Anaemia In Diabetes.

Anaemia In Diabetes.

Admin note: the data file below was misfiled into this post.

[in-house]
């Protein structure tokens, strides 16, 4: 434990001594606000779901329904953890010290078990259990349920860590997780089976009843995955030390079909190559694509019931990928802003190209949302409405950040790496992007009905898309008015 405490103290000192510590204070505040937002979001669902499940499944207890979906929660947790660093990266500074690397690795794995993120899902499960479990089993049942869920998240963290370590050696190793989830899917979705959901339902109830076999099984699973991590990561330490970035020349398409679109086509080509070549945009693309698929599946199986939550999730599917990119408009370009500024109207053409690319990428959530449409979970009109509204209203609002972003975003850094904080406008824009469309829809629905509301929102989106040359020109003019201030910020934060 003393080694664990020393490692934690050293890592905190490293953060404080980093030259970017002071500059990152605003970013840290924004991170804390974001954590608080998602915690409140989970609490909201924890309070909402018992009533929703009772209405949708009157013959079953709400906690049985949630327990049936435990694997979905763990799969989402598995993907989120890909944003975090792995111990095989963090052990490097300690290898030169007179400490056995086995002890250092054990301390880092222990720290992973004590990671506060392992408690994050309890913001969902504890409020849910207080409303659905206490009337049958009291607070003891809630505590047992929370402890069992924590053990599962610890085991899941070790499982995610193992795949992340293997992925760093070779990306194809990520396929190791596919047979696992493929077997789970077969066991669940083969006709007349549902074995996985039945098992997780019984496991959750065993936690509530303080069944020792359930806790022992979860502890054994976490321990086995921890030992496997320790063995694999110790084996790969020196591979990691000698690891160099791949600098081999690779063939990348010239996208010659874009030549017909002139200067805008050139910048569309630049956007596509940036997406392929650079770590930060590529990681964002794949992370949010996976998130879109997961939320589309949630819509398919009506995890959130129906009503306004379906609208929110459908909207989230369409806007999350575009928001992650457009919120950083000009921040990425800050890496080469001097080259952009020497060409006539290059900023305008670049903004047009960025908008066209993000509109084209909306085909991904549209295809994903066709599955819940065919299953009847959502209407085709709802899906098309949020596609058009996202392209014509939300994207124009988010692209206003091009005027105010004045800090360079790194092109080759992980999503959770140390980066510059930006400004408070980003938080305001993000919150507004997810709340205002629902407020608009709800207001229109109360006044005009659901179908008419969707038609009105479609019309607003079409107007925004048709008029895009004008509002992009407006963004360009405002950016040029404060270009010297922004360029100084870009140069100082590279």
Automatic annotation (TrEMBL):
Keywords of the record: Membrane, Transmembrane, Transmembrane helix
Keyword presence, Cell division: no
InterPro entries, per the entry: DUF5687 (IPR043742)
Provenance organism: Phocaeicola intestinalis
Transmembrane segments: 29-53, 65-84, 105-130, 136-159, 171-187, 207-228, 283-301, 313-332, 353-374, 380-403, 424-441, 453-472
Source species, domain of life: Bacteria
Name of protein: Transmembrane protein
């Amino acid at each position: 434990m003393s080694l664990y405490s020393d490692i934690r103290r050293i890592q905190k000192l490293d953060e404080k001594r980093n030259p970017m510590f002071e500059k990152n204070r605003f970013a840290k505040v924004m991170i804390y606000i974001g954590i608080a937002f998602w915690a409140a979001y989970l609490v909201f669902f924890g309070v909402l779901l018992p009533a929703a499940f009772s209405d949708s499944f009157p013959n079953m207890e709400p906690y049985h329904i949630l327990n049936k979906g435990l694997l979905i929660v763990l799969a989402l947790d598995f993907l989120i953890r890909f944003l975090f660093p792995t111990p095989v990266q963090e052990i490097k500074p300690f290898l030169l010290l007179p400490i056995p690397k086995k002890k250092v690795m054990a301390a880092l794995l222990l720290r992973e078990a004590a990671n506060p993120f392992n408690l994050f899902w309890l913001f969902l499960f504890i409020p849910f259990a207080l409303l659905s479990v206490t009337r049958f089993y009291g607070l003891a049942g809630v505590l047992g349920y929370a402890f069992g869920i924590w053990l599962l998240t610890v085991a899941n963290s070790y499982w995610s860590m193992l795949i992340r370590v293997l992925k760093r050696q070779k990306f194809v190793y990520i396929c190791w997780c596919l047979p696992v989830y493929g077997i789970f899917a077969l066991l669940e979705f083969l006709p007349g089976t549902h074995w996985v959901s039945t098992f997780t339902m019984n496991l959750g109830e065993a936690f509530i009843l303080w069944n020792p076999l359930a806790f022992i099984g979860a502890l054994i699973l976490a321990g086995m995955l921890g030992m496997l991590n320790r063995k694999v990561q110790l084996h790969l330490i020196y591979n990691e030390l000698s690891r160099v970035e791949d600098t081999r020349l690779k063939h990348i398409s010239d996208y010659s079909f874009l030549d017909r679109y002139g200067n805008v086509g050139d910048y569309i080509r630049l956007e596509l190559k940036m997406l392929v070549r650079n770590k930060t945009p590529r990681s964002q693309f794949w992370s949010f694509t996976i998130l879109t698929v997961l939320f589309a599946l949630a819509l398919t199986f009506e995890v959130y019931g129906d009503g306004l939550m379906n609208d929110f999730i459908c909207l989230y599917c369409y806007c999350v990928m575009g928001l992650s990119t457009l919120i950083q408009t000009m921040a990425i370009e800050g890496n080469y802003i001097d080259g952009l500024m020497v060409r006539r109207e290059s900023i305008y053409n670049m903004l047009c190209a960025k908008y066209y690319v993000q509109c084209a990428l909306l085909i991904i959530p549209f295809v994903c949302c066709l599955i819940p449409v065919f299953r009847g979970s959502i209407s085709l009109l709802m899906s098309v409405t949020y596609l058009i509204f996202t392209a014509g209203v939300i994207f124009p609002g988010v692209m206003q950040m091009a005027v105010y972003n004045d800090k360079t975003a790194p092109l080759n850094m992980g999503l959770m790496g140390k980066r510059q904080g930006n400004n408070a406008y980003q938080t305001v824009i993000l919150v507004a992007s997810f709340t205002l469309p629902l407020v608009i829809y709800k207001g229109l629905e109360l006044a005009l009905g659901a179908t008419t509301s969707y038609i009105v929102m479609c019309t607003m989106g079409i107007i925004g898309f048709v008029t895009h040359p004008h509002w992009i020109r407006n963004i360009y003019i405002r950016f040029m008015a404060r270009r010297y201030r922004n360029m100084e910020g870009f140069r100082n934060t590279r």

1. Acta Diabetol. 2004 Mar;41 Suppl 1:S13-7. (1)Diabetes and Endocrinology Day Centre, Lambeth Palace Road, SE1 7EH, London, UK. Anaemia is a common complication of chronic kidney disease (CKD). It is oftenmore severe and occurs at an earlier stage in patients with diabetic nephropathy than in patients with CKD of other causes. This anaemia results fromerythropoietin deficiency, which seems to develop in patients with type 1diabetes even at relatively "normal" levels of serum creatinine. Earlyerythropoietin- deficiency anaemia occurs in both type 1 and type 2 diabetes,although the prevalence may be higher in type 1 diabetes. However, numericallymost patients with erythropoietin-deficiency anaemia have type 2 diabetes as itis a much more common disease. There is also a greater prevalence in women thanmen but this is not related to iron stores. In addition,erythropoietin-deficiency anaemia is associated with the presence of autonomicneuropathy in patients with diabetes. Small studies have suggested thatrecombinant human erythropoietin (rhEPO; epoetin) treatment is effective incorrecting erythropoietin-deficiency anaemia in patients with diabetes.Additionally, rhEPO therapy improves quality of life and well-being in thesepatients. Studies also suggest that treatment with rhEPO to restore a normalhaematocrit ameliorates orthostatic hypotension. Given the high cardiovascularrisk in patients with diabetic nephropathy, it is important to determine inprospective clinical trials whether early anaemia correction can also improvecardiovascular outcomes. Continue reading >>